This content is sponsored by Zimperium.
While logging in may not be the most interesting part of identifying and mitigating threats to federal systems, it is one of the most important.
Security event logs are used to protect system and network health. It gives insight into whether an organization has all the controls it needs to mitigate attacks. Just like an annual MRI that provides insight into the current health status of otherwise invisible issues, mobile threat detection gives agencies insight into the otherwise opaque device health issues.
To prevent mobile security from being the Achilles heel of network health, agencies need solutions that help them log security events on their devices.
Mitigating risks from persistent threats
Persistent threats to federated networks have only increased in recent months. In mid-February, the Cyber and Infrastructure Security Agency indicated that Russian state-backed actors were targeting licensed defense contractors. Since that time, CISA has issued additional reminders that while no specific threats to federal networks have been detected, vigilance will continue to be paramount.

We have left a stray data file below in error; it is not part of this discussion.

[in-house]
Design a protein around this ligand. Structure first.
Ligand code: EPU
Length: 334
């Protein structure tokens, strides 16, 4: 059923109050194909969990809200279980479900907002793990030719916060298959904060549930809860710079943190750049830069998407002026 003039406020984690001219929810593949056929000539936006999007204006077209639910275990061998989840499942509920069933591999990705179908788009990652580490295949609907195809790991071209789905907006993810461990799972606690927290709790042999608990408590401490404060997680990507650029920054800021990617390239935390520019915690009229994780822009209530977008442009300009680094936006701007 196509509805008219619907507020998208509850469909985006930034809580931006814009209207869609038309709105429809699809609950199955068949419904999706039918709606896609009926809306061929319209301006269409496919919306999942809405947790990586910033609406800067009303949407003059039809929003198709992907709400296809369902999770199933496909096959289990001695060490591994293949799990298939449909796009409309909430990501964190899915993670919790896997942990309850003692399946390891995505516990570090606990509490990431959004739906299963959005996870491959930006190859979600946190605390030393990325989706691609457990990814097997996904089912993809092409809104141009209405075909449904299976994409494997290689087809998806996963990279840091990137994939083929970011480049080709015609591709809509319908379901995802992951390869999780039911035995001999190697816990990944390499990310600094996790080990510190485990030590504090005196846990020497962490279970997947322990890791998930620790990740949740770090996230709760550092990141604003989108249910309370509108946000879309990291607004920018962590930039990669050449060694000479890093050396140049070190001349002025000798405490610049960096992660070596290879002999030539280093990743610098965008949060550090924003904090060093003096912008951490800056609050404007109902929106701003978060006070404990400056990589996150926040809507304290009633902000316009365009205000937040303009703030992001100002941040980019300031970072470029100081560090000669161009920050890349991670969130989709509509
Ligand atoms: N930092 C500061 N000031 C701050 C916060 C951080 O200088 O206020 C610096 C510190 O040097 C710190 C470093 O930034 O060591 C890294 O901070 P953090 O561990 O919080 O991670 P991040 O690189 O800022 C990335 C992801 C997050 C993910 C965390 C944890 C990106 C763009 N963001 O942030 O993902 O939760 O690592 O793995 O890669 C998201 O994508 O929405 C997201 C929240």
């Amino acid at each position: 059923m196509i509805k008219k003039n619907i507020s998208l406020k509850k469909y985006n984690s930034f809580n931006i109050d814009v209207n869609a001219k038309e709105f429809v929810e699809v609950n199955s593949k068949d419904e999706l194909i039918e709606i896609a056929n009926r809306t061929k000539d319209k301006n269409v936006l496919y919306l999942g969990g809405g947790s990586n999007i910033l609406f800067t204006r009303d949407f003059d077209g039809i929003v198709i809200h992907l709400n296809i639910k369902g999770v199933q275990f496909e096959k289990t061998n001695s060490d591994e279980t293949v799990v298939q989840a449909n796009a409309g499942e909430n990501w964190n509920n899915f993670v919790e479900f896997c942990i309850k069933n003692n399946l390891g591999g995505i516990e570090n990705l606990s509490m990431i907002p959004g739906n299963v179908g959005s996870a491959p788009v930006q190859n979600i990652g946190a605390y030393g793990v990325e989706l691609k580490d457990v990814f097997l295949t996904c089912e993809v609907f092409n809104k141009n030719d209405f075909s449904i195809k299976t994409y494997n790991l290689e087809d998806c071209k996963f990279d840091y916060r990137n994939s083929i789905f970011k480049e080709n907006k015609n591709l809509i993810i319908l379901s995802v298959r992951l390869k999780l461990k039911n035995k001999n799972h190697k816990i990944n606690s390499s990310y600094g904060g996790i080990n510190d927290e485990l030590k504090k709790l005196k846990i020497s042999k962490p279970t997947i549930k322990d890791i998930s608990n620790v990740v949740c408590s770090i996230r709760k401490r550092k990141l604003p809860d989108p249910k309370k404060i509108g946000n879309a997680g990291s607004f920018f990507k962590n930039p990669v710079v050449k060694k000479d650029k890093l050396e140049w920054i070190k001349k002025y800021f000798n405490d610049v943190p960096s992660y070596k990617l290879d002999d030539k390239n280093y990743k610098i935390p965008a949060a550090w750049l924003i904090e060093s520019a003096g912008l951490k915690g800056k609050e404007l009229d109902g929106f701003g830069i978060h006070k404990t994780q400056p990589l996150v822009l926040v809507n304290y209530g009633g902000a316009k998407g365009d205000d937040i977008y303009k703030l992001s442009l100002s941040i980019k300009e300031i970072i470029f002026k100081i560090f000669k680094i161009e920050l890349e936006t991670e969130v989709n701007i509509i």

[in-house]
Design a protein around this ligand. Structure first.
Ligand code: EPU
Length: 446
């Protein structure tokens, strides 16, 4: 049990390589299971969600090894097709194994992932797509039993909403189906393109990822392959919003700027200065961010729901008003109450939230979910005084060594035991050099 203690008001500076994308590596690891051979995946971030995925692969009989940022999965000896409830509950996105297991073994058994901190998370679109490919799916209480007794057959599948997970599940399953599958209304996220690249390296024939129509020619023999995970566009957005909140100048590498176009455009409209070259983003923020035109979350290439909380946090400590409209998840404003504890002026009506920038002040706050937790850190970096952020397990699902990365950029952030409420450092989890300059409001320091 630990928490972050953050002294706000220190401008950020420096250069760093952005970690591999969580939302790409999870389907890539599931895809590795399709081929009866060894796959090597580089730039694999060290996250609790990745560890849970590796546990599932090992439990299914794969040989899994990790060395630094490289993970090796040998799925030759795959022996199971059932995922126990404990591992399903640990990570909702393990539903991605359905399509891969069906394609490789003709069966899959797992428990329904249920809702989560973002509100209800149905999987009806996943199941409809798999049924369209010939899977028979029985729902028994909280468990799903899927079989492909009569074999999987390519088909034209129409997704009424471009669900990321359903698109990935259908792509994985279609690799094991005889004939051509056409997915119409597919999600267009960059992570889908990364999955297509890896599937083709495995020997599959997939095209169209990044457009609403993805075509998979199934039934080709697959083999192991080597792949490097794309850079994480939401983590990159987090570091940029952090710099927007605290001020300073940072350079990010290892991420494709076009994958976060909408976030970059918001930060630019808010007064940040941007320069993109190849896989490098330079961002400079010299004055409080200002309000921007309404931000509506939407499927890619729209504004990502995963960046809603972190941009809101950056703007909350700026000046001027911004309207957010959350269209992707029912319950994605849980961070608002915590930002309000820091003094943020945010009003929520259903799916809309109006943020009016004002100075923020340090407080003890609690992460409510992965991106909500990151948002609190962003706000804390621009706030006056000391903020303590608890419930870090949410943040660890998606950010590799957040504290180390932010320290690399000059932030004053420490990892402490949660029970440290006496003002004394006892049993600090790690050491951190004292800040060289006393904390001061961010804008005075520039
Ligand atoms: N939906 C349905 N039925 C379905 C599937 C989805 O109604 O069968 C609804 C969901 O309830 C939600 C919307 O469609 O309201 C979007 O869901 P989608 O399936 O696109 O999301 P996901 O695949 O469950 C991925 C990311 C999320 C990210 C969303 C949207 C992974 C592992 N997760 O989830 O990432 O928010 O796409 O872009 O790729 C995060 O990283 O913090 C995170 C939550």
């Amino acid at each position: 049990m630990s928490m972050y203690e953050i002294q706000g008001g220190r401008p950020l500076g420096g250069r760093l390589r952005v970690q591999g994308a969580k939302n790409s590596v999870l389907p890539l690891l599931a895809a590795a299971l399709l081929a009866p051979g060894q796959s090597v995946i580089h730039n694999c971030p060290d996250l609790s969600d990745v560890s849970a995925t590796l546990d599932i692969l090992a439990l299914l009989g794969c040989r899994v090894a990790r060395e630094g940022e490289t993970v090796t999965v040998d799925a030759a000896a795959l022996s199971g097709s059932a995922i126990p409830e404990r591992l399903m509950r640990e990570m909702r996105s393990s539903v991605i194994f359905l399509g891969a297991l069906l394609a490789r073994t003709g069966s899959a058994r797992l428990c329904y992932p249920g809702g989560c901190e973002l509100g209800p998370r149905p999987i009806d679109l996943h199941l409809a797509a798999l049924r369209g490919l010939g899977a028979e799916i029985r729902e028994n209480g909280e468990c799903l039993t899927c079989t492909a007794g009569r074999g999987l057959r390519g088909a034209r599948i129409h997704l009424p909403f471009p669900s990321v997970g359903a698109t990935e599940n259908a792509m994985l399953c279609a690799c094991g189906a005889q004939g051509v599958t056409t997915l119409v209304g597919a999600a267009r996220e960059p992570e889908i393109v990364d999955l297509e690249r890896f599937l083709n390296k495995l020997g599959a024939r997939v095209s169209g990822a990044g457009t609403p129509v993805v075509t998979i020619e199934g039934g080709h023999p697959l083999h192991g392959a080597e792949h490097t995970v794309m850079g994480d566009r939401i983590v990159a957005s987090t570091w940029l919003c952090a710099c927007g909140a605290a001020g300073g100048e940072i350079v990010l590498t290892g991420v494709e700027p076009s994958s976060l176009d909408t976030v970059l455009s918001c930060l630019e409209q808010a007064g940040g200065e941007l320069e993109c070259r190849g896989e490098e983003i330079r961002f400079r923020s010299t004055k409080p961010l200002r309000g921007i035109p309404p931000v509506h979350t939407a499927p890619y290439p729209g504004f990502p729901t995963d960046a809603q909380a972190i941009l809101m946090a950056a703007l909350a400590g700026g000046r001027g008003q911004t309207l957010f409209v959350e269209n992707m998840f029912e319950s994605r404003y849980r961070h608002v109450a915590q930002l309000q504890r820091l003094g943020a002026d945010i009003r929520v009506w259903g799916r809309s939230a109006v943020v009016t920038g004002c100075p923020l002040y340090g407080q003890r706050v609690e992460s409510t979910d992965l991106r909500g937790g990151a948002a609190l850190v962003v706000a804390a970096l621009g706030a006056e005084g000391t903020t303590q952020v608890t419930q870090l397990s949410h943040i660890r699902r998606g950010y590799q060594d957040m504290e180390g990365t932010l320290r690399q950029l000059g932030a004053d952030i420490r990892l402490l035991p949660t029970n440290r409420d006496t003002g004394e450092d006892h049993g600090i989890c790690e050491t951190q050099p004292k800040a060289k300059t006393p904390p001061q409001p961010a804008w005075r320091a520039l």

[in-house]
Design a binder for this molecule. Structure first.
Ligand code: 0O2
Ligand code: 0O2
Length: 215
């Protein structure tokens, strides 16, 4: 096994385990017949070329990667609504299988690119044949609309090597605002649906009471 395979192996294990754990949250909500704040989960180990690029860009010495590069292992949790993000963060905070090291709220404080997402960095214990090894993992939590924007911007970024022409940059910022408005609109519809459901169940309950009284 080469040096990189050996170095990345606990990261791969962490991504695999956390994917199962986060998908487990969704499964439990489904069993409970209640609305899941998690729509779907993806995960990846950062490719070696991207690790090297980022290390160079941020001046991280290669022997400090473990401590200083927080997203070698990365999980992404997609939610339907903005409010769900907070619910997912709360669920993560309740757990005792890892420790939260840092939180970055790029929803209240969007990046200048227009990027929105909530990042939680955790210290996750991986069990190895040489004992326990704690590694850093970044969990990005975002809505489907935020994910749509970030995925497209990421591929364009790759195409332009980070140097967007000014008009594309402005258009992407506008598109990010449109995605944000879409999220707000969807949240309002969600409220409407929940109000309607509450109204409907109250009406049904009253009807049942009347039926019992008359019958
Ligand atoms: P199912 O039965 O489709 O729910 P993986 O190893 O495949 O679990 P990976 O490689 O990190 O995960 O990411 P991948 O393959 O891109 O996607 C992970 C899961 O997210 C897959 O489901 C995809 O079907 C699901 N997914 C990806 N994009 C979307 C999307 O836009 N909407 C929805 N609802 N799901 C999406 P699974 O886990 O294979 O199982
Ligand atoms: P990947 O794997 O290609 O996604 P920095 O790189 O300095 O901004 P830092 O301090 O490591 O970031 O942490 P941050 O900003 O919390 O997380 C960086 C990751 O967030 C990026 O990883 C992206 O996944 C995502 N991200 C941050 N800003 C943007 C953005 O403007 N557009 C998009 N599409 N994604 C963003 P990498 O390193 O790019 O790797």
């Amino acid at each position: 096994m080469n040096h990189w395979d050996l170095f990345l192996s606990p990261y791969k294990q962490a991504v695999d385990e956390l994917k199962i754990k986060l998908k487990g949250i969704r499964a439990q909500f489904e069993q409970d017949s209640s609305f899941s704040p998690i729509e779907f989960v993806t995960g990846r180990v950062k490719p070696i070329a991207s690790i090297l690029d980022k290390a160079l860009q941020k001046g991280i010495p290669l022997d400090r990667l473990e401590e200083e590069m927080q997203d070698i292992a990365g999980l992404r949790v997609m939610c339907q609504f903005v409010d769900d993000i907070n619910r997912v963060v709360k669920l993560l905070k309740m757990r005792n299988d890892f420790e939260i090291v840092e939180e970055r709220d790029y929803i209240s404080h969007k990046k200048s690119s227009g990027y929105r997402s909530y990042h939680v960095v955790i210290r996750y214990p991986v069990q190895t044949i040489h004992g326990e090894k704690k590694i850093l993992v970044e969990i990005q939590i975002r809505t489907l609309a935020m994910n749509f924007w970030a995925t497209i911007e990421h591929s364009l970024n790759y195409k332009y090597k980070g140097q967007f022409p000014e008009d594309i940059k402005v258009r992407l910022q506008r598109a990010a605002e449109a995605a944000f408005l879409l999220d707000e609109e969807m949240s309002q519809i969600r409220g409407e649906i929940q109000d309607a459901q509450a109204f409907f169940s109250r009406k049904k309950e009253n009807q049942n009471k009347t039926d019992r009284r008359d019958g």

Registration requirements everywhere
In addition to persistent threats, federal agencies also need to comply with mandates that require event logging. Mobile device security is central to meeting the no-trust requirements set out in the Biden administration’s executive order and means agencies need ongoing certification of the device.
To ensure organizations meet the requirements under the device substrate for trust architectures, logging of security events for mobile devices is essential.
In August 2021, the Office of Management and Budget issued M-21-31, which developed a maturity model for event log management in response to Executive Order 14028 improving the nation’s cybersecurity. OMB M-210-31 defines four levels of maturity:
- EL0 is inactive: The critical registration requirements are either not met or are only partially met.
- EL1 Standard: Only the most critical registration requirements are met.
- EL2 Medium: Satisfy the registration requirements of the highest and medium critical score.
- EL3 AdvancedRecording requirements are met at all levels of criticality.